Gah! I have just gotten through wrestling with one of those rolls of plastic wrap (I won’t name names) we all have in our kitchens for wrapping food portions or bread or whatever is needed for use later. The stuff never unrolls without effort, then each brand has a different location for the cut-off strip. Is it on the box? On the boxtop flap? No matter where it is, it never does a clean job of tearing a straight edge. Then you’ve got a ragged, odd-shaped piece of wrap that either sticks to itself too much or not at all. All I wanted to do is wrap up some bread to put in the freezer. Frustrating.
I went into work one day last week and was again reminded about just how much food we produce each day and how it has to be constantly renewed over and over as sales volume increases. Usually, it seems I’ve just made a big load of something when I have to make another one. Not that this is a bad thing – at all.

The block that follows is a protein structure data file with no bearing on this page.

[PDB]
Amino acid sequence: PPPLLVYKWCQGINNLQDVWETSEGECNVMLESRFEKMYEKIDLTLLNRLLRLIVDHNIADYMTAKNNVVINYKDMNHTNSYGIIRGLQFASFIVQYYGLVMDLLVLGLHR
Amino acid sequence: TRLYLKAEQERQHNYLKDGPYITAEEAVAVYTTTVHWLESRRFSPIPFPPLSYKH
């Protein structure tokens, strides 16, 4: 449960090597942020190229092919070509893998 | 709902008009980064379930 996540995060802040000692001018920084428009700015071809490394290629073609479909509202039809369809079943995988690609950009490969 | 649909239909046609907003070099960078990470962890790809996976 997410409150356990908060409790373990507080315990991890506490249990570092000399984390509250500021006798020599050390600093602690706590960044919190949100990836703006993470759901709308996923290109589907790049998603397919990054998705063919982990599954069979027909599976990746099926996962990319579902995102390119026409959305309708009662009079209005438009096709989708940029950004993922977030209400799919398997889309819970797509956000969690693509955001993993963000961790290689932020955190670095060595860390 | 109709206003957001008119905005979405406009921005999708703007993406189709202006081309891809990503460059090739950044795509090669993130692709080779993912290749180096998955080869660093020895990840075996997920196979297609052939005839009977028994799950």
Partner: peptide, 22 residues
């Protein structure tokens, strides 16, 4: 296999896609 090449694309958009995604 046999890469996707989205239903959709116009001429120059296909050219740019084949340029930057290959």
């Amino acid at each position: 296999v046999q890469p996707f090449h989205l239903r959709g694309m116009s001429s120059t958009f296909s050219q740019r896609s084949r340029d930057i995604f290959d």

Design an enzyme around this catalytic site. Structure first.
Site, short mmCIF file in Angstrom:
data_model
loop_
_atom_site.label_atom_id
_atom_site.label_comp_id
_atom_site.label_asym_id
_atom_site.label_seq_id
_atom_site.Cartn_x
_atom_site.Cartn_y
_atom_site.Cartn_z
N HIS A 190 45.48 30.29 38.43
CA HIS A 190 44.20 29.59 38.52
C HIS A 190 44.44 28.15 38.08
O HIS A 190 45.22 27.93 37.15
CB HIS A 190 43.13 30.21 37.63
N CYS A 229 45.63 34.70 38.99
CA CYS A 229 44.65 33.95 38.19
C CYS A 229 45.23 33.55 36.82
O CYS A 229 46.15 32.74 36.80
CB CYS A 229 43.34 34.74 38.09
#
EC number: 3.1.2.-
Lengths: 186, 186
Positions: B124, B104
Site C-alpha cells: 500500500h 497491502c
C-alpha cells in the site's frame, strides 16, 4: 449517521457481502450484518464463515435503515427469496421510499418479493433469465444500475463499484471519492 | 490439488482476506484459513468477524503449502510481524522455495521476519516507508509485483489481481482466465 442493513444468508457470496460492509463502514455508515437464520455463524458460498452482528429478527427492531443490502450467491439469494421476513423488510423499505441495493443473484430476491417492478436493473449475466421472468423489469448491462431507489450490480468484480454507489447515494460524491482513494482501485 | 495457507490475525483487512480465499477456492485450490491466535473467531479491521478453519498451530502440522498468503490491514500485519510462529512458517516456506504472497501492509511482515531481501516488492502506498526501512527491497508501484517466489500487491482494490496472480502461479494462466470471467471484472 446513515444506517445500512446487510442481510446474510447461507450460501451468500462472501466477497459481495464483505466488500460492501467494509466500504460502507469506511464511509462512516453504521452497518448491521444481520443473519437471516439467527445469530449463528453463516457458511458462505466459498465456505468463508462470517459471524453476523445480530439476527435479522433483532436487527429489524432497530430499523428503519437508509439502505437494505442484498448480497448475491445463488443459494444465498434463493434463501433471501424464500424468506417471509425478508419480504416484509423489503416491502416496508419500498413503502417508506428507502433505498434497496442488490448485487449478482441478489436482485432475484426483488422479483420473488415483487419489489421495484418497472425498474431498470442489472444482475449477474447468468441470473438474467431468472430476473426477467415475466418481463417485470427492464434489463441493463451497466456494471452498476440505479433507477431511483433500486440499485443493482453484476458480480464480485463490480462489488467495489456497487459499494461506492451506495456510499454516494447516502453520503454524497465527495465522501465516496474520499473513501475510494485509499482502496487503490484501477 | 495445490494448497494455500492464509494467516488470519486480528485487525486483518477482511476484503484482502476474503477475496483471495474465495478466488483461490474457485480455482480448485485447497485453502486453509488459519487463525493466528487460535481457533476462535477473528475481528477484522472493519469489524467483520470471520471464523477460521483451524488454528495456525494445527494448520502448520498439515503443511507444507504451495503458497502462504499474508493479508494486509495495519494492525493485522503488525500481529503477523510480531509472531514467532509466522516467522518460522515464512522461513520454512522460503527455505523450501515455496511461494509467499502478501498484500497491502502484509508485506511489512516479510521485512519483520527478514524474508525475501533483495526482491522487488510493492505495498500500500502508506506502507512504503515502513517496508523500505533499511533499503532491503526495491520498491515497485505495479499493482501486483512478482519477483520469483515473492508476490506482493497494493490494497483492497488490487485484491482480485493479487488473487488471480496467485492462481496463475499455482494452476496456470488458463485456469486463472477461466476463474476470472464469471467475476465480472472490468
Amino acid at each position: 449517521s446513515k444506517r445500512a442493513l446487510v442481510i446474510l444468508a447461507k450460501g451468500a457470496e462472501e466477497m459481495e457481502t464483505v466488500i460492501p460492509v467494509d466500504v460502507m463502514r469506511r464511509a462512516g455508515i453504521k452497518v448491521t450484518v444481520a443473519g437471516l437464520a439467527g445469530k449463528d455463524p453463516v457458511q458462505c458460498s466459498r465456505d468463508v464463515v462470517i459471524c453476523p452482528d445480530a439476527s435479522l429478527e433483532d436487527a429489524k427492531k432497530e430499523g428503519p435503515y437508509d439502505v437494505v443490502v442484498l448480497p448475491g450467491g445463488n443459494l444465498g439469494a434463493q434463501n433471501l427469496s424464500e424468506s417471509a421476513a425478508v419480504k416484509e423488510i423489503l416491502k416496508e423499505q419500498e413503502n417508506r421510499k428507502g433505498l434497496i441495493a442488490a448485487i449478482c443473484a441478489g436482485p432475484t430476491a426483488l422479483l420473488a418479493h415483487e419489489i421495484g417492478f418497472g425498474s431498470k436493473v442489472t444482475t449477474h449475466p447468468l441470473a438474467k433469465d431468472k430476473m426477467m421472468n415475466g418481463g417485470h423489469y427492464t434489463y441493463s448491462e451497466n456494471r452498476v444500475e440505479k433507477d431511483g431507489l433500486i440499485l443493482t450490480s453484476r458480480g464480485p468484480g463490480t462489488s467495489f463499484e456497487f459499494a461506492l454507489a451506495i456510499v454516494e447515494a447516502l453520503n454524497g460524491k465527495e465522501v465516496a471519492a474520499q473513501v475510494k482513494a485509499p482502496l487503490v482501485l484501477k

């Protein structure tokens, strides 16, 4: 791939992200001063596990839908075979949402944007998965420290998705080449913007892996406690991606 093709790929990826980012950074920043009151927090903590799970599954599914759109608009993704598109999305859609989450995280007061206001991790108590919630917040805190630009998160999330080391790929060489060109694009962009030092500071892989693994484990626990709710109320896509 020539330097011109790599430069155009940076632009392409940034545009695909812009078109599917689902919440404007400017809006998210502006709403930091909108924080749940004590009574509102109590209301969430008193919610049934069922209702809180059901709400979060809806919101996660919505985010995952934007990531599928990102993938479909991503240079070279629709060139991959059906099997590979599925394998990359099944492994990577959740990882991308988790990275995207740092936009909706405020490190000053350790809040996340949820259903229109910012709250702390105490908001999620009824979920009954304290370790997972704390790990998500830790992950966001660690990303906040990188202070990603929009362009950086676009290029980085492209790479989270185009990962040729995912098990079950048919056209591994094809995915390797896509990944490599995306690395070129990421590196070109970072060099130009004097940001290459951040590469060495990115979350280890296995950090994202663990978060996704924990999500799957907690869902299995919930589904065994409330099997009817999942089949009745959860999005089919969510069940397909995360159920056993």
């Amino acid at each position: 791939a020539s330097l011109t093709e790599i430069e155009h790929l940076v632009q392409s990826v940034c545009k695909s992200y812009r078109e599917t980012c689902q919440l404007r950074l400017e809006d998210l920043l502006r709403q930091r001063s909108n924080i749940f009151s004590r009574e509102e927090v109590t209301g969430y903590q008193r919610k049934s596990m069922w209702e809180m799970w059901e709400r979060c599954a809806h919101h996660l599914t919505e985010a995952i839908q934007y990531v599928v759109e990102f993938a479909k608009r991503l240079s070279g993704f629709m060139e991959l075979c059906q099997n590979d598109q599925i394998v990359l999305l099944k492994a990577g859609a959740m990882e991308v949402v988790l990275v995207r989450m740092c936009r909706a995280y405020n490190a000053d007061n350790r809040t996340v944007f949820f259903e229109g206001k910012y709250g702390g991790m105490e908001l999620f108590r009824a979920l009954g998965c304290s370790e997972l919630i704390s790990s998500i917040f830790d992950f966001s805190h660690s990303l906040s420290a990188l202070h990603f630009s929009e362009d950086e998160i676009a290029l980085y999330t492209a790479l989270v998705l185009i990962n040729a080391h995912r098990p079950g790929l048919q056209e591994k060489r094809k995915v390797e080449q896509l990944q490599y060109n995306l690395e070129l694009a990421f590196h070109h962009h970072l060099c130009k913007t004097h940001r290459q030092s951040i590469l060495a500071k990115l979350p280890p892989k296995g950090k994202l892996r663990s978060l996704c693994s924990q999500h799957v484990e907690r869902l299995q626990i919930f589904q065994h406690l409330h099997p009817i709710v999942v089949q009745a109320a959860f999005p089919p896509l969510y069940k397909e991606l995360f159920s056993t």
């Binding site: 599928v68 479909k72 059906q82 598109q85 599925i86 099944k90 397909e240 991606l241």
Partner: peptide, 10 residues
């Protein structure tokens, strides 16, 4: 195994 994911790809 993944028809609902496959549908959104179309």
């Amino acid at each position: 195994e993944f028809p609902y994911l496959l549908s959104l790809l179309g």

This is tough to translate when I get back home and try to replicate something for just two or three. Speaking honestly, I rarely cook at home much anymore and, when I do, it’s usually pretty simply stuff like pasta with some kind of sauce from a jar. I know that will soon change, with the holidays approaching. But it’s a sure bet I’m going to be overbuying some ingredients just because I’m now so accustomed to producing in bulk.
I walked out of the house late Thursday morning and the air in our Irish Channel neighborhood was fully pregnant with various food aromas.
It’s one of the awful prices we pay for living here. And, yes, I’m being facetious.